G’day Jarrett

    Thanks for helping open my eyes to the importance of knowing what you what in a transit system and the different vehicles that can achieve the desired outcomes.

    I used to be a big advocate of heavy rail; mostly because that’s what I mainly used. Fortunately I then got experience with Brisbane’s busway, which demonstrated to me the importance of right of way, rather than the vehicle itself.

    Now I try to educate others.

    For the record, I have some Japanese shinkansen models on my desk. (A truly wonderful way to travel, but not really transit.)

  6. david vartanoff December 3, 2019 at 8:35 pm #

    There are cases where buses are the most useful. That said, rail when properly implemented has distinct advantages which no bus can match IMHO. Compare the Orange and Expo Lines in LA. The Orange is reported nearly nose to tail in rush which while great as throughput, is expensive as to operators. The Expo at 3 car trains is also very busy, but at a single operator for the equivalent of 3 Orange buses, and when LA figures out extending station platforms, 4 car trains can be deployed. FWIW, if the 4 car option is deemed infeasible,modifying the fleet with no cab mid train cars can increase passenger space at no increase in total length. None of this is news, but part of why I believe rail can be the better mode in many cases.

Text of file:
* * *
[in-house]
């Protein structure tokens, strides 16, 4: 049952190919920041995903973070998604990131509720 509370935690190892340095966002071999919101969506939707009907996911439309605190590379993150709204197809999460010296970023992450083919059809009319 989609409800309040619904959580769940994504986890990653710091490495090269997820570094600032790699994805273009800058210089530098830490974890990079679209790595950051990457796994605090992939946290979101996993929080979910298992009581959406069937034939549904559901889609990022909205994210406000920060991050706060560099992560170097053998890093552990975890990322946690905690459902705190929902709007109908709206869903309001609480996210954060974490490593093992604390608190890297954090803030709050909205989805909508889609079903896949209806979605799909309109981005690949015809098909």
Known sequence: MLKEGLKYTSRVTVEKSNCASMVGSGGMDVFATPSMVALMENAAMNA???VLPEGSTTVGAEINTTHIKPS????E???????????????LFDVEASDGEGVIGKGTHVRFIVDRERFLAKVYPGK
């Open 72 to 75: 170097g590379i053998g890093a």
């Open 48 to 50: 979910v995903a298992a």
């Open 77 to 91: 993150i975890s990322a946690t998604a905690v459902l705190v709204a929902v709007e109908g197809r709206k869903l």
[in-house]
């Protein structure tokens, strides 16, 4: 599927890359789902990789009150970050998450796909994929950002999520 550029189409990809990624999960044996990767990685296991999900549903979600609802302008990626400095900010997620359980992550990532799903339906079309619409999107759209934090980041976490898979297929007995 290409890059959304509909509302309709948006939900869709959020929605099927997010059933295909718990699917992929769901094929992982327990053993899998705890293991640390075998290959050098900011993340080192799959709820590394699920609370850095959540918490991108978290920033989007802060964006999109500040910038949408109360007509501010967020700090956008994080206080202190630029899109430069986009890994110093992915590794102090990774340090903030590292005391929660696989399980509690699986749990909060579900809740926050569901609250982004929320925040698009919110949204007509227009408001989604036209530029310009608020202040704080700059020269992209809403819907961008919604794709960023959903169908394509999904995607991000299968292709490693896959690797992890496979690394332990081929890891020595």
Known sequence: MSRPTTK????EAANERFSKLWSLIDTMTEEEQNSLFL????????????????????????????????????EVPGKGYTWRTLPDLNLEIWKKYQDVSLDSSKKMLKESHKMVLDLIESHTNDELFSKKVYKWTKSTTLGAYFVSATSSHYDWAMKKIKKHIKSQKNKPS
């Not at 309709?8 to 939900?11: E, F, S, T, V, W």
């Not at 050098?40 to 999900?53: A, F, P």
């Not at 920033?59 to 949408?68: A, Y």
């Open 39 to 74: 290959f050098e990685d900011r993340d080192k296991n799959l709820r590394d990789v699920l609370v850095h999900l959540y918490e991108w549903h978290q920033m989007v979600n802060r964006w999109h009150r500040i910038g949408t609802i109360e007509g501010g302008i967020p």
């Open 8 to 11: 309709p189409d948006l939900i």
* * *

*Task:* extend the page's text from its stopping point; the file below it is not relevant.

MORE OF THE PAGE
• Dave December 4, 2019 at 11:47 am #

      The Orange Line was originally supposed to be rail. Misguided ballot measures and lawsuits forced it to become a busway instead. I don’t think anybody would argue that the Orange Line should have always been rail from today’s perspective, but planners in the 1990s had to follow the law and court rulings in place at the time. The alternative planners faced to building the busway was not building rail – it was building nothing.


  7. Rob Fellows December 3, 2019 at 10:37 pm #

    Even acknowledging that trains are cool, it’s important to put them in places where they have a strategic advantage over buses. We will never get to the point where trains can go everywhere (short of Manhattan densities), so in most cities buses will still carry the majority – and the key question is where to put each. In my opinion, trains have the greatest strategic value when stations are located where large volumes of pedestrians want to be, and in places it’s hard to get buses into and out of reliably.